NAIROBI — In the week since Muhammadu Buhari was inaugurated as president of Nigeria, vowing to eliminate Boko Haram, the extremist group has responded with a series of deadly bombings that have killed dozens of people across the country’s northeast.
Those attacks have underscored the enormous task ahead for Buhari, a former military dictator who was seen by many as the right man to rid the country of terrorism. They have also highlighted the challenge for the United States, which is eager to defeat Boko Haram but leery of offering Nigeria a large increase in military assistance before its security forces — known for serious human rights abuses — are restructured.
The next chapter of the fight against Boko Haram could be the most difficult.
“I think we might be seeing the end of the large battlefield phase of this, but if Boko Haram goes back to hit-and-run tactics, it could be even harder for Nigerian military forces,” said a senior U.S. official who spoke on the condition of anonymity because he was not authorized to speak publicly about bilateral relations.
The Nigerian military has said for months that Boko Haram has been forced out of key cities and villages in operations that seemed to lay the groundwork for the group’s elimination after Buhari took power. Instead, the past week has been the bloodiest in recent months.
Militants conducted attacks near Maiduguri International Airport last week, killing eight, and in a mosque, killing about 25. Then, on Tuesday, a man blew himself up in a slaughterhouse in the same city, killing about 40. Maiduguri, a major city in the northeast, was among the places where Nigerian security forces said they had vanquished Boko Haram. Over the past few months, there had been relatively few attacks, and the city’s markets and streets were packed.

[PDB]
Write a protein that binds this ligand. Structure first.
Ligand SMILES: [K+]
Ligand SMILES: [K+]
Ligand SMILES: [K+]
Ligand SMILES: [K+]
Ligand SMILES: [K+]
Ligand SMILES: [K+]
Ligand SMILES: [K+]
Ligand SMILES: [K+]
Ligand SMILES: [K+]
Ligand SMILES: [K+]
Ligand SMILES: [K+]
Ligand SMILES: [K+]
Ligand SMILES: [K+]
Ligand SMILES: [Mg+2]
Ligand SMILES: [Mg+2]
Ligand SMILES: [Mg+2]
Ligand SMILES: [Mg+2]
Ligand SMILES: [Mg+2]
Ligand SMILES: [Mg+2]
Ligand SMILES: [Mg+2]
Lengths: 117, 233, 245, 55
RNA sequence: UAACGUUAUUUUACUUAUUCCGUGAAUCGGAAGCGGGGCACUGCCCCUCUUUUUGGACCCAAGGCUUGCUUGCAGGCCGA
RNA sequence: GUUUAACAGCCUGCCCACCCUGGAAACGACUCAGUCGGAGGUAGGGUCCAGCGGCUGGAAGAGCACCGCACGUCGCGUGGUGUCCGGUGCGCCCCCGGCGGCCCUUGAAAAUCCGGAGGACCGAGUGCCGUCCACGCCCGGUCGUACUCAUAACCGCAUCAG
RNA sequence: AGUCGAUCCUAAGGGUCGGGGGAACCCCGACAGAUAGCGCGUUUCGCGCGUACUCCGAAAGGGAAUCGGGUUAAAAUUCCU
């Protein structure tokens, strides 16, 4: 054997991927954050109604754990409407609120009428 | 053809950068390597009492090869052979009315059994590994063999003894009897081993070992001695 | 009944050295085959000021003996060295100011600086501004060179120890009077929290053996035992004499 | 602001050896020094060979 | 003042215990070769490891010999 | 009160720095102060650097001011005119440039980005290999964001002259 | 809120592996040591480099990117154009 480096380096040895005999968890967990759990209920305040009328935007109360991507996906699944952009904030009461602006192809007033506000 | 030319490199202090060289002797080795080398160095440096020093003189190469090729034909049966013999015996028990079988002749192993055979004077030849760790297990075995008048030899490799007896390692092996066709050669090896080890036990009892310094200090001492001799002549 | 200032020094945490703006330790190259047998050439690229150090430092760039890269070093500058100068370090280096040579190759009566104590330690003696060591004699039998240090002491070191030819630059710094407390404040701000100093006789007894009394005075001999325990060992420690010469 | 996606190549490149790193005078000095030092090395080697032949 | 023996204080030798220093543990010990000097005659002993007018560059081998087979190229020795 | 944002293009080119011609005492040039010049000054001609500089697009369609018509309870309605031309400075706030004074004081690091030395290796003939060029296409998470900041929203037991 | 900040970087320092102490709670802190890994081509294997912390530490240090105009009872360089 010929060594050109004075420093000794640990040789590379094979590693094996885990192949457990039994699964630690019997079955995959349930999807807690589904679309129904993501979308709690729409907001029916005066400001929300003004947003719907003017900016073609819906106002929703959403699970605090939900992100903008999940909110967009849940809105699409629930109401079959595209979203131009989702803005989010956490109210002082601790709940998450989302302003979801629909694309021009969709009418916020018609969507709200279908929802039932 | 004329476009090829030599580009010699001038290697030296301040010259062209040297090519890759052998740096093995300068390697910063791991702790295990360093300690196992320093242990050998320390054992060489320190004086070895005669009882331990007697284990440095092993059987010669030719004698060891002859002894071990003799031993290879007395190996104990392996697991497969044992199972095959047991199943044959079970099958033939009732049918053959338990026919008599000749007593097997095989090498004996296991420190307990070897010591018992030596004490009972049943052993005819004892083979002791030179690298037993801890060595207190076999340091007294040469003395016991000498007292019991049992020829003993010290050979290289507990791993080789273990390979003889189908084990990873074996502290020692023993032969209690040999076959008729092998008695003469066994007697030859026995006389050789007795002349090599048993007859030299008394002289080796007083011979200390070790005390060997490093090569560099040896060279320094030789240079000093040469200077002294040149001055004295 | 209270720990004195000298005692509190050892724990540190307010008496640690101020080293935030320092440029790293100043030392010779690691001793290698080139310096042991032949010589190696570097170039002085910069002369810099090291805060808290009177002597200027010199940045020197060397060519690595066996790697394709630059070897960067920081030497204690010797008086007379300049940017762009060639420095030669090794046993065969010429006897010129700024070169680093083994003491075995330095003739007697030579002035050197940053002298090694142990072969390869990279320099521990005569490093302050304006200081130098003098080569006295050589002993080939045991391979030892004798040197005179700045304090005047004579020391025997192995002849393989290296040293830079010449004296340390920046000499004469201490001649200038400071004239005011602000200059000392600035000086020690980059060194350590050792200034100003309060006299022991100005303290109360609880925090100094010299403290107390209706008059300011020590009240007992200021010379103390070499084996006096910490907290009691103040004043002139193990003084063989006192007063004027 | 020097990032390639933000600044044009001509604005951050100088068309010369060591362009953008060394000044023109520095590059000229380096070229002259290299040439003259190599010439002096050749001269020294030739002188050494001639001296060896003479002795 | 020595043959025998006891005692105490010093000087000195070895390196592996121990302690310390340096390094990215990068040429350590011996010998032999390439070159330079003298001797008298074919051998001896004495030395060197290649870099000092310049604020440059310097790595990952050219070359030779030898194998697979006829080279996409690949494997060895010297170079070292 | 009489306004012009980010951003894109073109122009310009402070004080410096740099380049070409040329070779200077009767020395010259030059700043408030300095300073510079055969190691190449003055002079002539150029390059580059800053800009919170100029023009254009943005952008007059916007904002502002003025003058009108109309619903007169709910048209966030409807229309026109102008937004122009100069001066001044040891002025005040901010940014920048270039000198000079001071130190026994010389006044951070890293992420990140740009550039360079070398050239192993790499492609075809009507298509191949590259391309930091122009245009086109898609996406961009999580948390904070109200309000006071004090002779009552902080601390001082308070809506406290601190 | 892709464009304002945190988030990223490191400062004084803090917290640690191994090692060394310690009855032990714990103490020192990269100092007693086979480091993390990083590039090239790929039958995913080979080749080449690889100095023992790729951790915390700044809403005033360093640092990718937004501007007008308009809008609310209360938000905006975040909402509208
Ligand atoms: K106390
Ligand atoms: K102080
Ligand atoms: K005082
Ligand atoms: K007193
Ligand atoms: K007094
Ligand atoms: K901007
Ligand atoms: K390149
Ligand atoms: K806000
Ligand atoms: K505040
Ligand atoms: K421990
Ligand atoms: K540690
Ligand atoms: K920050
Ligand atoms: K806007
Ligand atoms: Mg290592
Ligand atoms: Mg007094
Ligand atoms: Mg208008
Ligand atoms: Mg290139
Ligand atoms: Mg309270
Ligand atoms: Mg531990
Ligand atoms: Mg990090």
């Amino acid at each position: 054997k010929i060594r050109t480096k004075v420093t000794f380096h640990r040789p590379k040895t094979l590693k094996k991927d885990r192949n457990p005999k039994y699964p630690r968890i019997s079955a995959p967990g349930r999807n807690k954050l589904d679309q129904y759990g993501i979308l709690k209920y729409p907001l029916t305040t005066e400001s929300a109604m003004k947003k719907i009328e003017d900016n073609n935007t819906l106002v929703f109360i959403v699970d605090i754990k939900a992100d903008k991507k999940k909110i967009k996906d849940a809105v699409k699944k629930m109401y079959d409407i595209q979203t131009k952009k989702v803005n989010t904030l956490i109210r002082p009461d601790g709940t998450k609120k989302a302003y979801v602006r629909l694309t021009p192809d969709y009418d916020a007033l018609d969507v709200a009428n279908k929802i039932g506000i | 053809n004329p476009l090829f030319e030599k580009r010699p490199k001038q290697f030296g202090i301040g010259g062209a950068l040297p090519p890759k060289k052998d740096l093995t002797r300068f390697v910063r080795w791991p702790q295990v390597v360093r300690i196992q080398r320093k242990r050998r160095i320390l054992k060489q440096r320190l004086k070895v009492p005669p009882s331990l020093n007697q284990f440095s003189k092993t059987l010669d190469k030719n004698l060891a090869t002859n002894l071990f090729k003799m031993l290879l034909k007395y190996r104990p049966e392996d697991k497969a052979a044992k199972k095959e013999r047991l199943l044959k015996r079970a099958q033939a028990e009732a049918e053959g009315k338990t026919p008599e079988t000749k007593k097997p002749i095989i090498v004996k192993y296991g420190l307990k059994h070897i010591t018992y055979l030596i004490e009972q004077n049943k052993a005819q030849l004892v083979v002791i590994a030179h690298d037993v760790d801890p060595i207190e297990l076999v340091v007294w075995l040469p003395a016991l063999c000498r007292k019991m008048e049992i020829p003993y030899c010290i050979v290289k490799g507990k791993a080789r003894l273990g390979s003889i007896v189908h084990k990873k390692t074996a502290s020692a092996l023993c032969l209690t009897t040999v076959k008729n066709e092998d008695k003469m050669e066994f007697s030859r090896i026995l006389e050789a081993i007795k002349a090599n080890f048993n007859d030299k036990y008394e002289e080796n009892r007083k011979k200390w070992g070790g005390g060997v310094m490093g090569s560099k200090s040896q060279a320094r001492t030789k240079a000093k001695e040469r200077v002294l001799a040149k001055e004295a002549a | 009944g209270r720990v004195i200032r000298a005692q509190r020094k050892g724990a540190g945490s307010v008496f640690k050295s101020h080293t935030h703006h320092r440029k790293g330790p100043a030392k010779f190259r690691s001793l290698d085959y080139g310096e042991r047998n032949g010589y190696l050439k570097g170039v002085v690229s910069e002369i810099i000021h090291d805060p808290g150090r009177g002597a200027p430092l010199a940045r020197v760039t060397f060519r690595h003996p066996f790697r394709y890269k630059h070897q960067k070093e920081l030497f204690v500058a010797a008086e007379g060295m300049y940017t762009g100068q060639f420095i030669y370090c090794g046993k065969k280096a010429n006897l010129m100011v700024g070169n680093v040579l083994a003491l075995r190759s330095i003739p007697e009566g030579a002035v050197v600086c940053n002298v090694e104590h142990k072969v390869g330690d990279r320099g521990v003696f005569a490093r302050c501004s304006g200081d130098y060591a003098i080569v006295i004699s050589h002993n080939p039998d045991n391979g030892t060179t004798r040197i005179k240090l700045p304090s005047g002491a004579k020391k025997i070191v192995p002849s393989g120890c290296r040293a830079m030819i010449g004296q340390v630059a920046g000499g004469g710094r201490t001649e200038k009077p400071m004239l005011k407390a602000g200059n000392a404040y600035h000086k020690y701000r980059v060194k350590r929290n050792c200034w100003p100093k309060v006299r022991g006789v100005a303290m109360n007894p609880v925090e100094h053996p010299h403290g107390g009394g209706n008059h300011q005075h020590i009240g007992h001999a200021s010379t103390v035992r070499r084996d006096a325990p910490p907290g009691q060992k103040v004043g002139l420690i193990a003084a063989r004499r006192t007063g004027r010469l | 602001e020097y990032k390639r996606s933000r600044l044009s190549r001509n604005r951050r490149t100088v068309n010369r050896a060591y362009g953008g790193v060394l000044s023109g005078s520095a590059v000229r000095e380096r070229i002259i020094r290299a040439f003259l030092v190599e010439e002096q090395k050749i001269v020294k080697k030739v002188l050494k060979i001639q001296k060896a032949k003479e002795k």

In the most recent attack, on Thursday night, militants bombed a market in the northeastern city of Yola, killing at least 31 and wounding dozens, according to Nigerian officials.
The surge in attacks comes as the military has found itself under greater scrutiny for human rights violations. A report released Wednesday by Amnesty International alleged that the military had caused the deaths of about 8,000 civilians since 2009. Some were executed, the report said, but the majority died in military custody.
“Former detainees and senior military sources described how detainees were regularly tortured to death — hung on poles over fires, tossed into deep pits or interrogated using electric batons,” said the report. It named five military officers who it said should be investigated by Buhari’s government.
Now, the United States is trying to navigate ways to support Nigeria’s new leader, who bills himself as a reformer, without violating U.S. legislation that prevents the country from giving aid to human rights abusers. The authors of the Amnesty International report suggested that foreign funding to the military should continue, but that a more robust effort should be made to punish those responsible for human rights violations.
“For a long time, many states supported the military and police with human rights training, but that hasn’t led to the results we would hope for,” said Daniel Eyre, Amnesty International’s Nigeria researcher. “Until you hold them accountable, you can train them all you like, but they will continue committing those violations.”
So far, U.S. officials say they are confident that they can increase military assistance while simultaneously encouraging the Nigerian military to improve its record. The so-called Leahy amendment prohibits the approval of U.S. assistance to foreign military units that violate human rights.